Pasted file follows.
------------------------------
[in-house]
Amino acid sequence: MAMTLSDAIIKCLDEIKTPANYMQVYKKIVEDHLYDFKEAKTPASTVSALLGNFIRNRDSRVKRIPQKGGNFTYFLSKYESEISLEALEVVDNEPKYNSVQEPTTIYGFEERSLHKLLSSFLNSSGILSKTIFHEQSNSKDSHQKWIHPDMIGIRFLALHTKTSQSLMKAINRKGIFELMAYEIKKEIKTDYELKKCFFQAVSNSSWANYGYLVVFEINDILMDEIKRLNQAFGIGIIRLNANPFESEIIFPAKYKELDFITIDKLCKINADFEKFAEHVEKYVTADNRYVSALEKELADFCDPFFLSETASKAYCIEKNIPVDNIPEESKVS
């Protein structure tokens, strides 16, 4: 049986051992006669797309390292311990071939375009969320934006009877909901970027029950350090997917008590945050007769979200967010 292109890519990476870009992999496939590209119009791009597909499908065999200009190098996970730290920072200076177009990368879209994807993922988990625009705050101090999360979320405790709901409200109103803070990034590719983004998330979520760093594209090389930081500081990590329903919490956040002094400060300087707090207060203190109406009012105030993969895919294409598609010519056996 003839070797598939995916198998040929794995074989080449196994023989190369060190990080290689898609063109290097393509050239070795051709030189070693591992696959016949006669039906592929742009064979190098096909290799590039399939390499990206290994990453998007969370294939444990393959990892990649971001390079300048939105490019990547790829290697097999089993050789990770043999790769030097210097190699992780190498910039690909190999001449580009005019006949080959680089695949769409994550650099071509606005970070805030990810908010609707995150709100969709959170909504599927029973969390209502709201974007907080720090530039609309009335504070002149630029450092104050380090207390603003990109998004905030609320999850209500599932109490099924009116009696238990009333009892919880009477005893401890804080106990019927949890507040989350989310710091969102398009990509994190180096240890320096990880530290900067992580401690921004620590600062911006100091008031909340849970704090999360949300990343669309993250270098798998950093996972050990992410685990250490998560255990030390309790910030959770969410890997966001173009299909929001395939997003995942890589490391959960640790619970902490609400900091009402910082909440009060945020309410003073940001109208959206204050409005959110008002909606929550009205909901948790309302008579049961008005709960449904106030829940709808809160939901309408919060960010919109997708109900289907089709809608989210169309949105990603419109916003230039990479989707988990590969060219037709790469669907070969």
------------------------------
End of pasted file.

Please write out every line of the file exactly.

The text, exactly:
[in-house]
Amino acid sequence: MAMTLSDAIIKCLDEIKTPANYMQVYKKIVEDHLYDFKEAKTPASTVSALLGNFIRNRDSRVKRIPQKGGNFTYFLSKYESEISLEALEVVDNEPKYNSVQEPTTIYGFEERSLHKLLSSFLNSSGILSKTIFHEQSNSKDSHQKWIHPDMIGIRFLALHTKTSQSLMKAINRKGIFELMAYEIKKEIKTDYELKKCFFQAVSNSSWANYGYLVVFEINDILMDEIKRLNQAFGIGIIRLNANPFESEIIFPAKYKELDFITIDKLCKINADFEKFAEHVEKYVTADNRYVSALEKELADFCDPFFLSETASKAYCIEKNIPVDNIPEESKVS
């Protein structure tokens, strides 16, 4: 049986051992006669797309390292311990071939375009969320934006009877909901970027029950350090997917008590945050007769979200967010 292109890519990476870009992999496939590209119009791009597909499908065999200009190098996970730290920072200076177009990368879209994807993922988990625009705050101090999360979320405790709901409200109103803070990034590719983004998330979520760093594209090389930081500081990590329903919490956040002094400060300087707090207060203190109406009012105030993969895919294409598609010519056996 003839070797598939995916198998040929794995074989080449196994023989190369060190990080290689898609063109290097393509050239070795051709030189070693591992696959016949006669039906592929742009064979190098096909290799590039399939390499990206290994990453998007969370294939444990393959990892990649971001390079300048939105490019990547790829290697097999089993050789990770043999790769030097210097190699992780190498910039690909190999001449580009005019006949080959680089695949769409994550650099071509606005970070805030990810908010609707995150709100969709959170909504599927029973969390209502709201974007907080720090530039609309009335504070002149630029450092104050380090207390603003990109998004905030609320999850209500599932109490099924009116009696238990009333009892919880009477005893401890804080106990019927949890507040989350989310710091969102398009990509994190180096240890320096990880530290900067992580401690921004620590600062911006100091008031909340849970704090999360949300990343669309993250270098798998950093996972050990992410685990250490998560255990030390309790910030959770969410890997966001173009299909929001395939997003995942890589490391959960640790619970902490609400900091009402910082909440009060945020309410003073940001109208959206204050409005959110008002909606929550009205909901948790309302008579049961008005709960449904106030829940709808809160939901309408919060960010919109997708109900289907089709809608989210169309949105990603419109916003230039990479989707988990590969060219037709790469669907070969």